broadcast and the focus group investigate witch cults of the radio age (2009)

“The entire album is an exorcism of an dead universe. Nothing can stay together here. It’s hauntology as a pasture of incidental tones and half-ripped photographs. The video footage is unable to focus. The lens’s view is eternally obstructed. The wild blurs of compounded biographies come off like a fever dream of a memory play.”  – Timothy Gabriele (12 November 2009). Broadcast and the Focus Group: Investigate Witch Cults of the Radio Age – PopMatters.

soundwalk collective, jesse paris smith & patti smith – fearfully in danger (2016)

Fearfully in Danger” (Live at Volksbühne, Berlin) from the album Killer Road – A Tribute To Nico, released in 2016 on Sacred Bones Records. Directed and edited by Barbara Klein.
Killer Road is a sound exploration of the tragic death of Nico, Velvet Underground vocalist and 60s icon, while riding her bike on the island of Ibiza in the summer of 1988. A hypnotic meditation on the idea of perpetual motion and the cycle of life and death, the composition features Patti Smith lending her unique voice to the last poems written by the artist. Soundwalk Collective uses a travel log of field recordings and samples of Nico’s signature instrument, the harmonium, to create a magnetic soundscape.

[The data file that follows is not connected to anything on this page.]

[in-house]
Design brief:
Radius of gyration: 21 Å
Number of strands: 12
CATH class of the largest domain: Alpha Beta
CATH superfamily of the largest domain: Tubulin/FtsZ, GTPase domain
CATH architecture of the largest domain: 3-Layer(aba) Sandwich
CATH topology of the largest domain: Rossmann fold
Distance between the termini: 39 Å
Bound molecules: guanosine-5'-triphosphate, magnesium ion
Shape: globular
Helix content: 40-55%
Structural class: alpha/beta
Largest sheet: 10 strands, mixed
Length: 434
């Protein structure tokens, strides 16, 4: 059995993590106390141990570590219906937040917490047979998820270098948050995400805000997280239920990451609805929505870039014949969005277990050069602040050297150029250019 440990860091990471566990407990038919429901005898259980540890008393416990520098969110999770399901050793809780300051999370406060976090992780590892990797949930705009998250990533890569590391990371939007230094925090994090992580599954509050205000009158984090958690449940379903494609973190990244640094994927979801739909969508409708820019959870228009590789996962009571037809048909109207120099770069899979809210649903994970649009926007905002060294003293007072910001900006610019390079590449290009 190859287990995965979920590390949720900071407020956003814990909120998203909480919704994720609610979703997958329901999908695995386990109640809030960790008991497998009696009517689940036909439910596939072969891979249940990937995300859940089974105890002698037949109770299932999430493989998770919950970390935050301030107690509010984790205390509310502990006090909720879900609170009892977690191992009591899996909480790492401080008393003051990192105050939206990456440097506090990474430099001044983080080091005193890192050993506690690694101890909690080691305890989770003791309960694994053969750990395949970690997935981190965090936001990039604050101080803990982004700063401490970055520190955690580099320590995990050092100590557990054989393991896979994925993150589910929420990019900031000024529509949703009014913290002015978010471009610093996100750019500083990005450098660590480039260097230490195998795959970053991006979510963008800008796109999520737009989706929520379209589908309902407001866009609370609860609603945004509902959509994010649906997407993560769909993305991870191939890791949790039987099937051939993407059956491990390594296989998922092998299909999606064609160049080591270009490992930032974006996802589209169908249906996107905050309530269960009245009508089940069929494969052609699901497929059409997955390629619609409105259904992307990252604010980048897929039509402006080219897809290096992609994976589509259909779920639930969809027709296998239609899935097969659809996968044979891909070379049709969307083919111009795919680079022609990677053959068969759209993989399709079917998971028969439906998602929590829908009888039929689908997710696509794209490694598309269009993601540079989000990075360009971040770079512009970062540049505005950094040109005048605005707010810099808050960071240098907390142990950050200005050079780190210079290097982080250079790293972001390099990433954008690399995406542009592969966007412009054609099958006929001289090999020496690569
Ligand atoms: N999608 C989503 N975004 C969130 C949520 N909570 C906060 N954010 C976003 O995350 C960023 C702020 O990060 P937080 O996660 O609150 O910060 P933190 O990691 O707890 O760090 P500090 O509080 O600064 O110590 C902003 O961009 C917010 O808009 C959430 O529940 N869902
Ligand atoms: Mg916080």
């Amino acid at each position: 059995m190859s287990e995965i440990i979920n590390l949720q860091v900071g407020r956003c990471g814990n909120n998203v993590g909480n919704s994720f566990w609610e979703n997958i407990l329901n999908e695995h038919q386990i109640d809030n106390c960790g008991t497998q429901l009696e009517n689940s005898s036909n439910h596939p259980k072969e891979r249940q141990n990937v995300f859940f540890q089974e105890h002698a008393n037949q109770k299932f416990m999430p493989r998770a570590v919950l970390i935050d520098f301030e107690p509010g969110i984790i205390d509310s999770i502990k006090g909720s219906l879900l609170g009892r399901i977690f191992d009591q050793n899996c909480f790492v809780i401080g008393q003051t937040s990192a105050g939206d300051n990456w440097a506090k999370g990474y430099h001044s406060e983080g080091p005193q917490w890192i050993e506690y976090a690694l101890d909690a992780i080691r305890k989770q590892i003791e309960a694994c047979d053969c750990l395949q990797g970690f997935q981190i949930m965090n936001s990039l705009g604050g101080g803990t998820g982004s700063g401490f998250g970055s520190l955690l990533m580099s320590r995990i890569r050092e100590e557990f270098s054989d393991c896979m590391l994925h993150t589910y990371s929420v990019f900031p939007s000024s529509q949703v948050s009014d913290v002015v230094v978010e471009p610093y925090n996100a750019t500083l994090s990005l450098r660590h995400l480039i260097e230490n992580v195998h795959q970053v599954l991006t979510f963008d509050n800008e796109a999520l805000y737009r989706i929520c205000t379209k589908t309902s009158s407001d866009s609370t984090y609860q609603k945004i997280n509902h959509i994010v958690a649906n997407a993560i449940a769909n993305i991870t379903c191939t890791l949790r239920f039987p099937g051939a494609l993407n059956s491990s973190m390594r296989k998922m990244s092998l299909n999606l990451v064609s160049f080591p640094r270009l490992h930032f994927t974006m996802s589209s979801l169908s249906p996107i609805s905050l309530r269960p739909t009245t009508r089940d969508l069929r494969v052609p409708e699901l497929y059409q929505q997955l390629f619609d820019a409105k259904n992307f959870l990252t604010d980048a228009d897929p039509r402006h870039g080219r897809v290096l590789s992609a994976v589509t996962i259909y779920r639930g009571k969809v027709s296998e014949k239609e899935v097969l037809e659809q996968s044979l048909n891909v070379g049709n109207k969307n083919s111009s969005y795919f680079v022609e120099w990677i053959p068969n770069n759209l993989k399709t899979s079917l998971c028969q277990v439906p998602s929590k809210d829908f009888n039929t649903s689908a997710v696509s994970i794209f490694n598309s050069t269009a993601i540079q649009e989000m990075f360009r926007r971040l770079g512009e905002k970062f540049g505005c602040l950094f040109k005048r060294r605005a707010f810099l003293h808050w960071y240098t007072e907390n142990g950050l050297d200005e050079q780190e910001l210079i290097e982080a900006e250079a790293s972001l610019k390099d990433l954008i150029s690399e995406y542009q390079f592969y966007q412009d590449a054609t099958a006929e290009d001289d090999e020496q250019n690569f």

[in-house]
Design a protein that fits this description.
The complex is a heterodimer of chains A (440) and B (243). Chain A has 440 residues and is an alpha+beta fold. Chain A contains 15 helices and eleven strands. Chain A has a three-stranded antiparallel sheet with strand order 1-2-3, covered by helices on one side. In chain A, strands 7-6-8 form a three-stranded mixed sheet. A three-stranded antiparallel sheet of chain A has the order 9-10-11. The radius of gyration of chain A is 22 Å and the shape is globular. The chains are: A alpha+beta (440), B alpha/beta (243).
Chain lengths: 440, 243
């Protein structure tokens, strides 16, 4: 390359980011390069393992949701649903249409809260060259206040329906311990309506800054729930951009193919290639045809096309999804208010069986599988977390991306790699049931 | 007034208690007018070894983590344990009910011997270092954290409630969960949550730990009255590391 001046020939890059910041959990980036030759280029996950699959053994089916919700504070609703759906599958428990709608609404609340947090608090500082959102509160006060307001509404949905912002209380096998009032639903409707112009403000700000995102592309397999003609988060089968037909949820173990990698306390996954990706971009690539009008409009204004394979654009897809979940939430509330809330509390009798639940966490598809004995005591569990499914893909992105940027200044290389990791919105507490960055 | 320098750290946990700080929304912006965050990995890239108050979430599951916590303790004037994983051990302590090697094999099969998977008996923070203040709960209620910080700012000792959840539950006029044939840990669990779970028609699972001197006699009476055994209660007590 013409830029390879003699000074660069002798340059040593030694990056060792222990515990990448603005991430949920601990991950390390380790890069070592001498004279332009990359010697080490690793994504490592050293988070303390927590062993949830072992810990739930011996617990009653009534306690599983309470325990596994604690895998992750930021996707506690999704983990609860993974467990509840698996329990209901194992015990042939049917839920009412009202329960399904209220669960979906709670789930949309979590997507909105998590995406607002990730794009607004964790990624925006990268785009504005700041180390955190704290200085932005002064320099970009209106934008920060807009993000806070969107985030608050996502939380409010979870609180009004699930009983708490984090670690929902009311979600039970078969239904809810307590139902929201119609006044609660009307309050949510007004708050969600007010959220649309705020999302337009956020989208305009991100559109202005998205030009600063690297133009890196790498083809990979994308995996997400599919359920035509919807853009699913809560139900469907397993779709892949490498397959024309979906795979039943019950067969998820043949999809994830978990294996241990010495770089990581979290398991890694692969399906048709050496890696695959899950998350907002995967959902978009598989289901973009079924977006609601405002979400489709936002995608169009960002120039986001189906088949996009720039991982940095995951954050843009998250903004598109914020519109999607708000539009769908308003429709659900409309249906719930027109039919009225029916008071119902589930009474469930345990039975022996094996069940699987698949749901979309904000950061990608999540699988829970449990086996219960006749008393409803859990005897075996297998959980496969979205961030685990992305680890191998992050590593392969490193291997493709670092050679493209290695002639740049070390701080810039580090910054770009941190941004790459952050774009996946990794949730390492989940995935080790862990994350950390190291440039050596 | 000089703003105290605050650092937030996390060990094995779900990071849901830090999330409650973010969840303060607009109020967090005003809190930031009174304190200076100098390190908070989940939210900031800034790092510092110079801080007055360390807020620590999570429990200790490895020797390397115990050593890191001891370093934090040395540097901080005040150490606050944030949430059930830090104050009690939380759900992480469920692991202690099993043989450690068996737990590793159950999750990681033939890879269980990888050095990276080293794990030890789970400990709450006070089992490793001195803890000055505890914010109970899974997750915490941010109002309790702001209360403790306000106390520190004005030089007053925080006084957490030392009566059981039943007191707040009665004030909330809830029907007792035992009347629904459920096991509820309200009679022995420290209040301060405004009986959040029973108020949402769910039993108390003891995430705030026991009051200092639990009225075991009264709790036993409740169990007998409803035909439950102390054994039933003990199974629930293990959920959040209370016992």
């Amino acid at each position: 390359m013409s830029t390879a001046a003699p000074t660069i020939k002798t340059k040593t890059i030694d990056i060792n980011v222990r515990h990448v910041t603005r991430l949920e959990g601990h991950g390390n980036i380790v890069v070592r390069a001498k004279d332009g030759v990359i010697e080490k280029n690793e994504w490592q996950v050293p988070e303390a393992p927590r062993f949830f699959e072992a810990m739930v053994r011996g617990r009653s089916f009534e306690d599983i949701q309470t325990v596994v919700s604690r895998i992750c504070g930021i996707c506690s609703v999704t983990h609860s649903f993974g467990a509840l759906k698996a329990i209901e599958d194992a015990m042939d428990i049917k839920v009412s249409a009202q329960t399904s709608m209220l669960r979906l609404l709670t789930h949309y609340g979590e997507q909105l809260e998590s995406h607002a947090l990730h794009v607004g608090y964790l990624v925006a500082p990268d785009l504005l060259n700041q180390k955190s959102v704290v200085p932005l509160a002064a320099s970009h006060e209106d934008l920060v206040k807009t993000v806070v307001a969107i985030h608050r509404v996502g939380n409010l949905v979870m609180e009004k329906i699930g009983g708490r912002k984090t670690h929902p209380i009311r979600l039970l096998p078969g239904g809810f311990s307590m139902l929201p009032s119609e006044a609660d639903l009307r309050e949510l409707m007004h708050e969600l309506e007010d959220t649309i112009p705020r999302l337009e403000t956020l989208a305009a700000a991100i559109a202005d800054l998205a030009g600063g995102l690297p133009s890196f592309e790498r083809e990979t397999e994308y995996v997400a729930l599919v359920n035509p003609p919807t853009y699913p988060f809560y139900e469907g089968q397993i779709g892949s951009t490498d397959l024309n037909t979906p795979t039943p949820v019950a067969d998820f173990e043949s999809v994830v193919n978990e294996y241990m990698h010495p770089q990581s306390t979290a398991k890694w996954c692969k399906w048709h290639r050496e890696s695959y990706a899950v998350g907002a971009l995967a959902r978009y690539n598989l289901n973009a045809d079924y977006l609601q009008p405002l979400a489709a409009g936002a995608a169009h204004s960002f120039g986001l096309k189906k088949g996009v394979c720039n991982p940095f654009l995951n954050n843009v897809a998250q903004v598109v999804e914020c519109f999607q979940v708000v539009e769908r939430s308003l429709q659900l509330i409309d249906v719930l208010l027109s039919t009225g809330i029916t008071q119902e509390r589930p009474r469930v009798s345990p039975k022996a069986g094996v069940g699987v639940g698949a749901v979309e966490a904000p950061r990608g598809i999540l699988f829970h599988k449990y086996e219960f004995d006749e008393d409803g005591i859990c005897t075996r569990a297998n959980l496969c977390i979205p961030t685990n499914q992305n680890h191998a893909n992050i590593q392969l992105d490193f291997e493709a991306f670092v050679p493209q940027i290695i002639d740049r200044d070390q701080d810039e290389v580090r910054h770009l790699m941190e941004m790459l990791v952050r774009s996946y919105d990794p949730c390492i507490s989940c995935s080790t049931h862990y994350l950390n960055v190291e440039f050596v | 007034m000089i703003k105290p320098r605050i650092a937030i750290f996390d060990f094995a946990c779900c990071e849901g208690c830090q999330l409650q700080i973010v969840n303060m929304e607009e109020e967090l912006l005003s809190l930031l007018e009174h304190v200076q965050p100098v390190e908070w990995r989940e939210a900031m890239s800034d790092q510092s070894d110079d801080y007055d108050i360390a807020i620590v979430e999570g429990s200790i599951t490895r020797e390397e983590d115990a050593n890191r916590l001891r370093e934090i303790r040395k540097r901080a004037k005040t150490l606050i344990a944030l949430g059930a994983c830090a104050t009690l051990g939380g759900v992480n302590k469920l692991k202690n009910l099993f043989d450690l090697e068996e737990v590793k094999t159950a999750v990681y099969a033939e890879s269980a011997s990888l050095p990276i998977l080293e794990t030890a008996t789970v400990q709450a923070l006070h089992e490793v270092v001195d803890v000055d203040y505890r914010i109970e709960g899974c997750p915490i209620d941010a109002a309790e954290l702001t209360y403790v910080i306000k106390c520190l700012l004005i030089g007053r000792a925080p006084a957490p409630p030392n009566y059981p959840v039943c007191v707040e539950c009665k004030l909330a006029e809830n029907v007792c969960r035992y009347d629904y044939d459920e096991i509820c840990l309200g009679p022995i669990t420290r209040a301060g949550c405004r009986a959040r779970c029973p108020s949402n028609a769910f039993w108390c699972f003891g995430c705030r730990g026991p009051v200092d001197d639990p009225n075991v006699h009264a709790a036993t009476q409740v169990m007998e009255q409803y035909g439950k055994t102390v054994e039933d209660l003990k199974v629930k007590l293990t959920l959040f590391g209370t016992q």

rainer maria rilke – from “requiem for a friend” (1908)

… That’s what you had to come back for: the lament that we omitted. Can you hear me? I would like to fling my voice out like a cloth over the fragments of your death, and keep pulling at it until it is torn to pieces, and all my words would have to walk around shivering, in the tatters of that voice; as if lament were enough.

But now I must accuse: not the man who withdrew you from yourself (I cannot find him; he looks like everyone), but in this one man, I accuse: all men. When somewhere, from deep within me, there arises the vivid sense of having been a child, the purity and essence of that childhood where I once lived: then I don’t want to know it. I want to form an angel from that sense and hurl him upward, into the front row of angels who scream out, reminding God.